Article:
Being back on the clipless pedals felt great on the climbs. Solid power transfer, ability to crank hard on them out of the saddle or spin really smoothly in it.

But oh man, my feet/calves were killing me on the long out-of-saddle descents (and given I'm on a hardtail and local terrain is chunky...I'm out of saddle as soon as there's any decline). I guess I underestimated how much comfort benefit you get from being able to reposition your feet on demand. With a flat pedal, you can always step forward a bit to give the muscles a rest.

I'll also admit to having a stupid low-speed crash due to the clipless pedals. When I made it to a lookout over the park where it ends, I stopped to call my wife (she was hiking in the park). Hung up and stepped back on the bike to turn around and leave the lookout...right foot clicked in and bike started moving forward, but the rear wheel bumped into a rock and stopped the forward motion. At this point I had 100% of my weight on the right foot, left foot was on its way to the pedal, but when forward motion stopped I lost balance and was already leaning to the right. No escape at that point...went the rest of the way over and bashed my knee into a rock.
 

Piobaire

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Went for dinner at a friends' place last night and he does triathlons. He has a Cervelo P5 Di2 Dura Ace. Incredible piece of equipment and looks as uncomfortable AF.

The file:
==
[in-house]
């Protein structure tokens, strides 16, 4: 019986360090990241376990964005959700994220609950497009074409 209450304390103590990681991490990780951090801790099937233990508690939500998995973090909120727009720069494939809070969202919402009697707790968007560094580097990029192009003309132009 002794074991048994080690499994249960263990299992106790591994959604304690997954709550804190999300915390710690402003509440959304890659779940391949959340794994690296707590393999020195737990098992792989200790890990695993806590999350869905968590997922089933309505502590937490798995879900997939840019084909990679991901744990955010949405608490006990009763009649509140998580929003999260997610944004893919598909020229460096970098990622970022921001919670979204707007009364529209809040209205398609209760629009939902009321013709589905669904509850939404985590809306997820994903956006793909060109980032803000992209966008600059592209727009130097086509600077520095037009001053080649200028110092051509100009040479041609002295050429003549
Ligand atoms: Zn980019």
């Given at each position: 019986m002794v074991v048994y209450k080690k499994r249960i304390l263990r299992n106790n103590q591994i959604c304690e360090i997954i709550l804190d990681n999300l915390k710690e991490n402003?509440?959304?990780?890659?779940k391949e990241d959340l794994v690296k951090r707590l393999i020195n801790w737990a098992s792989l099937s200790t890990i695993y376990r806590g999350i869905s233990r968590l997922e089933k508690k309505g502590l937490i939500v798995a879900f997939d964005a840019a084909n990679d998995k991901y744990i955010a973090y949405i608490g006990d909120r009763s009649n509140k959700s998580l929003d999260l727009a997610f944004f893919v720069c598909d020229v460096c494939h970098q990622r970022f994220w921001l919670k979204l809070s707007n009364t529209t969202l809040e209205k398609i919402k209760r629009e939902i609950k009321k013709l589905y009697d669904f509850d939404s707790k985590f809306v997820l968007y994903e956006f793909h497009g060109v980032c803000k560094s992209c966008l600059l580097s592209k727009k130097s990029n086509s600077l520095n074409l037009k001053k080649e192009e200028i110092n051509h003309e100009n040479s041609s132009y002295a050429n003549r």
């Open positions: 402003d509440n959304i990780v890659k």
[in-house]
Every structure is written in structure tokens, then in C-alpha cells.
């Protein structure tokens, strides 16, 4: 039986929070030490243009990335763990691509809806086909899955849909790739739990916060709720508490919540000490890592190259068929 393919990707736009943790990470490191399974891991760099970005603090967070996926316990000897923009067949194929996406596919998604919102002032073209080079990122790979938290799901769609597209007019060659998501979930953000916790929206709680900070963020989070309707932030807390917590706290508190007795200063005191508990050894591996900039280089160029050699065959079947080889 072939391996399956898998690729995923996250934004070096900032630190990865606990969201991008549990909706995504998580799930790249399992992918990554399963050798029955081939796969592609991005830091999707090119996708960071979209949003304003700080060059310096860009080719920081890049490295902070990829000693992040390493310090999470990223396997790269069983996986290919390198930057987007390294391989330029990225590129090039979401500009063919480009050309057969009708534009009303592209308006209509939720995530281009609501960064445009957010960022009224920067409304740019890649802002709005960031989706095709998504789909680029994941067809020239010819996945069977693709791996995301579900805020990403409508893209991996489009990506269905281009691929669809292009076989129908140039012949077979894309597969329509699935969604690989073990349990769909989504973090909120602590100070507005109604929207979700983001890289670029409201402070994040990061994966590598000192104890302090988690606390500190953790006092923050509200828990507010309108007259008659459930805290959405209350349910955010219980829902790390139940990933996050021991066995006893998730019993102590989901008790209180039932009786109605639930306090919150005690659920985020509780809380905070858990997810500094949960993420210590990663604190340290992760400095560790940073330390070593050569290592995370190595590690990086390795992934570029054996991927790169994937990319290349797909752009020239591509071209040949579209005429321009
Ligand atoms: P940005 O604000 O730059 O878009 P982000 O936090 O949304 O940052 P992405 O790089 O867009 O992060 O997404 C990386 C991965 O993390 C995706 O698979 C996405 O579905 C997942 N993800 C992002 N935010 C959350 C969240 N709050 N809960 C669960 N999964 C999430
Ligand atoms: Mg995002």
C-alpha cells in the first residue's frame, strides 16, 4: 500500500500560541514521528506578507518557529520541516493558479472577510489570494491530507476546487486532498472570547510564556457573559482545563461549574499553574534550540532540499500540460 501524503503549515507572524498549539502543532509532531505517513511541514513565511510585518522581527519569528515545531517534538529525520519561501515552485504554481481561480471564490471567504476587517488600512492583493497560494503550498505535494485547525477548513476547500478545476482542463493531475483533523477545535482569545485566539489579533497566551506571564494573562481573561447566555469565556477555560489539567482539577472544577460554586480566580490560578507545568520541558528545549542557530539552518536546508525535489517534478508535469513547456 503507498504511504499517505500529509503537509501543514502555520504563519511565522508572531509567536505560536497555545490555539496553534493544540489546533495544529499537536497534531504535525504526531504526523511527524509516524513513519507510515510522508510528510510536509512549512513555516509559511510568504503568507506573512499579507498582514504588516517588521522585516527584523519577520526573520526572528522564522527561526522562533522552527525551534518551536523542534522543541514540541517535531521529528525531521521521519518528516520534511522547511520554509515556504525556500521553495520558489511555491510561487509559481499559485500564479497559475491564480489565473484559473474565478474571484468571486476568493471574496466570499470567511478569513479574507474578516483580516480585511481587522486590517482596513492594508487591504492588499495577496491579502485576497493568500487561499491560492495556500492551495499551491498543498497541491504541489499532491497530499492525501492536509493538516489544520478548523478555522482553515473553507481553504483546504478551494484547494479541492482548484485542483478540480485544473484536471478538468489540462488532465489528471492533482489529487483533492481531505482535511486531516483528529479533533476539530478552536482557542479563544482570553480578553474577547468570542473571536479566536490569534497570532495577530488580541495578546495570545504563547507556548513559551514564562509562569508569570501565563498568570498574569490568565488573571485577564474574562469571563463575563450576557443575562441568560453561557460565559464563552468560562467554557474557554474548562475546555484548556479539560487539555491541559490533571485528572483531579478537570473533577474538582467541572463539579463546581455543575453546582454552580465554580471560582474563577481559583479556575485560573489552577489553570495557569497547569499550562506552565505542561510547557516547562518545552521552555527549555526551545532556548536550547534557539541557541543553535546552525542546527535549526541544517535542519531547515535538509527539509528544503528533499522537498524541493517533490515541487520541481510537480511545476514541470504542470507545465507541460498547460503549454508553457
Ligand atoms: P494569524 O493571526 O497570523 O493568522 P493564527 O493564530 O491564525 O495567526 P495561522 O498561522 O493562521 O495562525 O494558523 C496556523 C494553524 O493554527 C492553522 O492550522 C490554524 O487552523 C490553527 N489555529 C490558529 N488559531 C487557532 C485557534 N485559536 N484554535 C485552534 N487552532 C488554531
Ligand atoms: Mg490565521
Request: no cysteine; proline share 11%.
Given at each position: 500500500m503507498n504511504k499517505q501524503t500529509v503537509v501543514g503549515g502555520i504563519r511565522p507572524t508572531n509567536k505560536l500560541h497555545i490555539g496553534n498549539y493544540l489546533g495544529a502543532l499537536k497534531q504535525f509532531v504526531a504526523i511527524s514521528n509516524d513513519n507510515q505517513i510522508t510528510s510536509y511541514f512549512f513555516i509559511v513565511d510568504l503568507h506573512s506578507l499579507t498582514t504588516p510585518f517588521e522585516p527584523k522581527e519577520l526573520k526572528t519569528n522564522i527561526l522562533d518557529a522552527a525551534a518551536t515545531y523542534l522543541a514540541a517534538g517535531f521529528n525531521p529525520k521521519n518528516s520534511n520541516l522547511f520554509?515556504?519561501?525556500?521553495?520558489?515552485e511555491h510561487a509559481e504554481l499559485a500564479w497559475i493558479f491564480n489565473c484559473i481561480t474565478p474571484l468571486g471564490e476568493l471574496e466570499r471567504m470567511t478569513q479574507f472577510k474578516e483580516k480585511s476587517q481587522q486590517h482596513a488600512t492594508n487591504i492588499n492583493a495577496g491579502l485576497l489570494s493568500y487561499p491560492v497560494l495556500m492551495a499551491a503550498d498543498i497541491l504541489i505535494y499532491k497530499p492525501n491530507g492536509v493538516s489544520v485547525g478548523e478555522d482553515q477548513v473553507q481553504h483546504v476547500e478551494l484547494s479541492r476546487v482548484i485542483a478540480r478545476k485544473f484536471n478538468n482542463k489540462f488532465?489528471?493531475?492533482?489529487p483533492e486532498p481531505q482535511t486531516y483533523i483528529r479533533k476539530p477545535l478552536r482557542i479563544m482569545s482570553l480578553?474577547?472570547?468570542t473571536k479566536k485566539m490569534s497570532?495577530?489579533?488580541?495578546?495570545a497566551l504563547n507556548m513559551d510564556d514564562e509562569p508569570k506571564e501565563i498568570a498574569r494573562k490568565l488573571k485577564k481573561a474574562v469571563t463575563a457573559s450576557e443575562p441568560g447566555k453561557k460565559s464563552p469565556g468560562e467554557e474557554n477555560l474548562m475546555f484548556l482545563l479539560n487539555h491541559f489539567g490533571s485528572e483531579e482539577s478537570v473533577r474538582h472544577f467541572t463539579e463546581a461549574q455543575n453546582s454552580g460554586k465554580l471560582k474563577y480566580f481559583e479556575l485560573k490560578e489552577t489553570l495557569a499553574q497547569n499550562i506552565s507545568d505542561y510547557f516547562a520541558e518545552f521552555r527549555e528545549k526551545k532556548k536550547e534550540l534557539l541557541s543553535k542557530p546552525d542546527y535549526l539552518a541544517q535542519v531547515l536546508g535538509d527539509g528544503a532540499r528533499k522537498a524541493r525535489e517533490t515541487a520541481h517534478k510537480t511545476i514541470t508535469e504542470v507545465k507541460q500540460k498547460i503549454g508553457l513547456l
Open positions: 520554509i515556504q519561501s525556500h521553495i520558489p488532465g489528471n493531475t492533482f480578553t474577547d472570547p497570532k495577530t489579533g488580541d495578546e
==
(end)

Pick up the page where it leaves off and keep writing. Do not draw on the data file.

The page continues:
otc

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So...those Intense 951 trail bikes are back in stock at Costco.

I went #YOLO and ordered one (and upgraded my costco membership to Executive for the 2% back). Yes, I'd probably rather pay a little bit more for something like the Fezzari Delano Peak, but they are back to looking at 35-40 weeks of lead time. My 951 is supposed to be here Thursday so I can still ride it this season.

1634496927394.png

These photos from the Intense 951 outlet (where they resell the returns) actually convinced me...Still not the prettiest bike, but looks way better than on the costco page where it looks more black & white.

As I understand it, these are the exact same Intense Primer frames, but specced lower. Intense sells the frameset for $3k, so for an extra $250 you get an entire bike (although they might use a lower spec rear shock).

Parts are decent enough. I've been happy enough with a SRAM SX drivetrain, so NX will be fine, just heavy. Fork is only a Rhythm 36, but again...still better than what I'm riding now. Wheels and tires are pretty meh, but they are the same rims that would have come on the Delano Peak.